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Wednesday, April 29, 2015

Why I'm Not Toughening Up My Children



A common theme I've noticed in the parenting community in my 5 years of running a popular Facebook parenting page and blog is that many parents are very concerned about “preparing children for the real world.” I get that. We are living in a harsh and oftentimes cruel world that does not revolve around my child or yours. So, it seems to some that the best way to prepare them for the harsh realities of the world is to let them face harshness in childhood. This will toughen them up and make them ready. It sounds like a reasonable plan, but don't count me in.

The truth is, I don't have a one-size-fits-all plan. I can't make blanket statements like, “I will never bring my child his forgotten lunch” or “I won't save him from disappointments in life.” My children are unique individuals at developmentally different stages, and I think that's the missing equation in most parenting “formulas” or “methods.” All of our children are unique individuals, and we have to treat them according to their needs, personality, and stage of development, not by hasty generalizations about what makes children prepared for adulthood.



Let's look at how development and personality come into play:
Because I understand that executive functions are not fully developed in a young child, I would certainly take a forgotten lunch to school for my 8-year-old, if I was able to do so, and not fear that he would need me to bring him lunches forever. My frontal lobe is fully developed, and yet I forget things sometimes. I hope that my family is courteous enough to be there for me when I need them, and so I will be there for them. Allowing him to go hungry or be forced to eat food he dislikes might make him remember his lunch, but he's going to also remember the lack of courtesy and kindness shown to him.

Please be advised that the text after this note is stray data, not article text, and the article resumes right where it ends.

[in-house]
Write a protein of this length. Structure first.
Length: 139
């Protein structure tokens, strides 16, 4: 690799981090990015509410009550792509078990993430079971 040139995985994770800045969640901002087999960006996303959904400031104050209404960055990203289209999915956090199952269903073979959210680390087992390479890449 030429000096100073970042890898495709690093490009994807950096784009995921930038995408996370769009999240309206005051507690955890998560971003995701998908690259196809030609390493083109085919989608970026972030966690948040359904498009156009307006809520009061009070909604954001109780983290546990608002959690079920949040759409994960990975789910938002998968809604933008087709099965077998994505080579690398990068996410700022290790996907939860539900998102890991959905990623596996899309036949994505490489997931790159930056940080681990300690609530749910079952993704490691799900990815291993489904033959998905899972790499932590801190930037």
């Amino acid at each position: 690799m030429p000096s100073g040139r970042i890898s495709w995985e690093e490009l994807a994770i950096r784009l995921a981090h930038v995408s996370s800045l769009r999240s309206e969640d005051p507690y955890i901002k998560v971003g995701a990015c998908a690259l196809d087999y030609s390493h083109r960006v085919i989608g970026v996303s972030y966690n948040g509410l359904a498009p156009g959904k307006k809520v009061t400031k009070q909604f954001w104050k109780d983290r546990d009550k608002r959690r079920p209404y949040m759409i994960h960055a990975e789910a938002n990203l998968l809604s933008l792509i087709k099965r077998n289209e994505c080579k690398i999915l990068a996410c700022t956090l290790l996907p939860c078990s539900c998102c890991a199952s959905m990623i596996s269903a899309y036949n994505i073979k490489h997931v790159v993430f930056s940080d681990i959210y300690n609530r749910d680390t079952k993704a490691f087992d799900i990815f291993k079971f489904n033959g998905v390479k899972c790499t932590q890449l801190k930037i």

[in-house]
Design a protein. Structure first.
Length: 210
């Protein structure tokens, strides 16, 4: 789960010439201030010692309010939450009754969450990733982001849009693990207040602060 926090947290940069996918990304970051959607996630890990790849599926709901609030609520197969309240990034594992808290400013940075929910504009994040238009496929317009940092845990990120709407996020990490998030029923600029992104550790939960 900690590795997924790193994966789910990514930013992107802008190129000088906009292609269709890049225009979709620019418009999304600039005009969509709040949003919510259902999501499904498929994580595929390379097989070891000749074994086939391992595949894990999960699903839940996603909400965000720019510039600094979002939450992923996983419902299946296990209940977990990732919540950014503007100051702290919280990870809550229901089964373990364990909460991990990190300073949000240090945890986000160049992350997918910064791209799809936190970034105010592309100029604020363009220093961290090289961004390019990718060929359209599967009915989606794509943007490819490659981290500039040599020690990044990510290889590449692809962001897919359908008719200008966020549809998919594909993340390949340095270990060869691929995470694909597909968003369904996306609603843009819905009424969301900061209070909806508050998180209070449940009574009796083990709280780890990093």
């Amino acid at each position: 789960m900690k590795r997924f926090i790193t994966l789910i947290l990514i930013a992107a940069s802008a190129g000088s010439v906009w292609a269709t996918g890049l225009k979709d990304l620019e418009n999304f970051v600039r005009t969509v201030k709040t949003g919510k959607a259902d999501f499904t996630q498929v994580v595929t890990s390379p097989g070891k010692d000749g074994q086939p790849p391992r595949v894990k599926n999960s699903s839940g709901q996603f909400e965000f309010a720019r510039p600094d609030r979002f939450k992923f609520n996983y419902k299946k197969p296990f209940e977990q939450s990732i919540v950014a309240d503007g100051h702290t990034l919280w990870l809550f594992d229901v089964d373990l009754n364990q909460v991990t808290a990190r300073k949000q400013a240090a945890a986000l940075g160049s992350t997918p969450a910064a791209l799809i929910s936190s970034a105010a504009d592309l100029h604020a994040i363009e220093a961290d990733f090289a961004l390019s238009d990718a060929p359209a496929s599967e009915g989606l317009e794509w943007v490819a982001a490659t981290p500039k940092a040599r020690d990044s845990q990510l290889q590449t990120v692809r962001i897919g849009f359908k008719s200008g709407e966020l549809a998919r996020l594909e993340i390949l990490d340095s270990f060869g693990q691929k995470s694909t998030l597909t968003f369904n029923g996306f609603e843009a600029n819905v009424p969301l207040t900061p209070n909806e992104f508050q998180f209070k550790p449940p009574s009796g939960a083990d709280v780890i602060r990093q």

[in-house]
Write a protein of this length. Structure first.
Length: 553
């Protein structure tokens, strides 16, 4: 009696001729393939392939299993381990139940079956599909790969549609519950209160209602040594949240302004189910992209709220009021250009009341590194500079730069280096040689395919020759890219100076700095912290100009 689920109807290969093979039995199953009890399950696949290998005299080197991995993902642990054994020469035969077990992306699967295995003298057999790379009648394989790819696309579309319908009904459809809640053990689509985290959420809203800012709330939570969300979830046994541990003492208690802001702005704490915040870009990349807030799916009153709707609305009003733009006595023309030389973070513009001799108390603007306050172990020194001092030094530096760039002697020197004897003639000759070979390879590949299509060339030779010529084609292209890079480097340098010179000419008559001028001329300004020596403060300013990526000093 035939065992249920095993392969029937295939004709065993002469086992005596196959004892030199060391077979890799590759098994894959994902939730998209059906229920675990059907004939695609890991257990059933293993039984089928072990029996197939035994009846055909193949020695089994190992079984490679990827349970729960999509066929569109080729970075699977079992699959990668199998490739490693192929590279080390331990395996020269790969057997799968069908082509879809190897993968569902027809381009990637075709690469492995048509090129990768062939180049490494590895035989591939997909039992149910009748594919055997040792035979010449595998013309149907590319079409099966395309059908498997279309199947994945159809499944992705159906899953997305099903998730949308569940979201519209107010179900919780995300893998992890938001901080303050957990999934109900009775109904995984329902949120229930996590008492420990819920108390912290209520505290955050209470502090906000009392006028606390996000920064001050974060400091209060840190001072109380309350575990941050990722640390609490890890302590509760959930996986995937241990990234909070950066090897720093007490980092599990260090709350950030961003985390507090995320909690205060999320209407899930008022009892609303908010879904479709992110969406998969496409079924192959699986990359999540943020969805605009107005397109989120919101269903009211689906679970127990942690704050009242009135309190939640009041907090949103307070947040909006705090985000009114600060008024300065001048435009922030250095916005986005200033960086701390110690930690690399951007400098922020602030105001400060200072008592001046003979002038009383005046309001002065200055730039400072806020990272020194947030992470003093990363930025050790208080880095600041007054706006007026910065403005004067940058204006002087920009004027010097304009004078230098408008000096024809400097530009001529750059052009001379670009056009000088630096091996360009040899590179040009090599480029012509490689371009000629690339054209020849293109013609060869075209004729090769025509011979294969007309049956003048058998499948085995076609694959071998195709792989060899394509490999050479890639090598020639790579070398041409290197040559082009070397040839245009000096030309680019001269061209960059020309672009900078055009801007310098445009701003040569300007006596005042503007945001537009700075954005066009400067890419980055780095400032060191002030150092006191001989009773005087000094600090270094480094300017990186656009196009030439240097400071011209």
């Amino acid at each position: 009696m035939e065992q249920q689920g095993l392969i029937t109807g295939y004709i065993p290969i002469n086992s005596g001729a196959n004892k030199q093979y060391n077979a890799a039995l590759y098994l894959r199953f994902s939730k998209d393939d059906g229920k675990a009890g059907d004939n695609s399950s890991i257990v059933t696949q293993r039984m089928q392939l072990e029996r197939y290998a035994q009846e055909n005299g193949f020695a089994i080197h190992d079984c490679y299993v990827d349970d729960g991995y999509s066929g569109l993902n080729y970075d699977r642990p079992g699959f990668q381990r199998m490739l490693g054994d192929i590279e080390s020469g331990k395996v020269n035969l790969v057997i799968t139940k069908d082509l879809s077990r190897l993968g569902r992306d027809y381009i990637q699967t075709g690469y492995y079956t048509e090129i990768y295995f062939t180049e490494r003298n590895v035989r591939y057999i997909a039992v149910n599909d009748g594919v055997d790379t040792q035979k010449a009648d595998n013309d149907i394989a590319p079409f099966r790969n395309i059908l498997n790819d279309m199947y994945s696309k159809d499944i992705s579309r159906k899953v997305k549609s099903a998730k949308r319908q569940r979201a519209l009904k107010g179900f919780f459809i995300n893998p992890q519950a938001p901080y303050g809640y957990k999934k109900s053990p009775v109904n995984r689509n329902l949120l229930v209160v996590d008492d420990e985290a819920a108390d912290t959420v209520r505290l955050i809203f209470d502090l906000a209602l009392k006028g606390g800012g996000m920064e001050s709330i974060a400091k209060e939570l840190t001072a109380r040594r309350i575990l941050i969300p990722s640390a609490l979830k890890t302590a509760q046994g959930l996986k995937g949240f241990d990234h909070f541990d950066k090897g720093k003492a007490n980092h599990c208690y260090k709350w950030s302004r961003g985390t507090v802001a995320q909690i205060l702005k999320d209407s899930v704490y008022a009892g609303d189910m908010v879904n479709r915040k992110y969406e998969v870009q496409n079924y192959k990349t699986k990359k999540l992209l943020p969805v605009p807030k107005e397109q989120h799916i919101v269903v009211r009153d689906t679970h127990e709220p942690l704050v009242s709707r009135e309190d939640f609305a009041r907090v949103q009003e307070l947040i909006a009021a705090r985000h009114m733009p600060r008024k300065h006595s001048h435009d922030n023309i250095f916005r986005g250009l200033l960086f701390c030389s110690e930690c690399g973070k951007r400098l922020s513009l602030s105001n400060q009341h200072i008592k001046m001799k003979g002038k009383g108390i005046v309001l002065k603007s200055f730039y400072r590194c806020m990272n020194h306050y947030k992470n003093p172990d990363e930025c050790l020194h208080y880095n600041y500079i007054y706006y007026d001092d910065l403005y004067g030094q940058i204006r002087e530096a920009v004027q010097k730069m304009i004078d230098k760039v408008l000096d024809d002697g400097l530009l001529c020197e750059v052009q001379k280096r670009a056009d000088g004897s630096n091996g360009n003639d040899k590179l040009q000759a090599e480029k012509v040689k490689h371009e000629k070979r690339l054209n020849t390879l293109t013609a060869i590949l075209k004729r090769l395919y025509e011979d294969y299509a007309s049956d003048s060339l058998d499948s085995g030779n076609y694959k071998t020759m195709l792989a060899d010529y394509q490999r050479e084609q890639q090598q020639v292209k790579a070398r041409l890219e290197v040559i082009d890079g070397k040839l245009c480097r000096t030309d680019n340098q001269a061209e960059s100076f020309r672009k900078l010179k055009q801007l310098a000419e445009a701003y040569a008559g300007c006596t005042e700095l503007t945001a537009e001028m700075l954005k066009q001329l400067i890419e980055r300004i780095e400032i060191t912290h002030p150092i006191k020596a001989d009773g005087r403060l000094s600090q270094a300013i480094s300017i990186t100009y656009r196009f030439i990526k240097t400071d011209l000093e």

If it's the fourth time this week my 8 year old forgot his lunch, then we need to assess what the problem is and find a solution. I don't allow problems to go unsolved, but the solution doesn't have to leave anyone feeling helpless, alone, unheard, or unloved.

Because I understand that one of my sons is highly sensitive, I will not let rude words said to him go unchecked, and I will not let him go undefended. Words hurt him more than they hurt the average child. He soaks them in, deep down into his being, and sitting idly by while another child on the playground says hurtful words isn't going to teach him to “deal with it.” I will practice with him over and over again how to deal with playground bullies and even rude adults who show no respect to children, and if a situation arises where I see he is having trouble, he can count on me to come to his aid. I would hope someone would come to mine.

Will I always come to the rescue?




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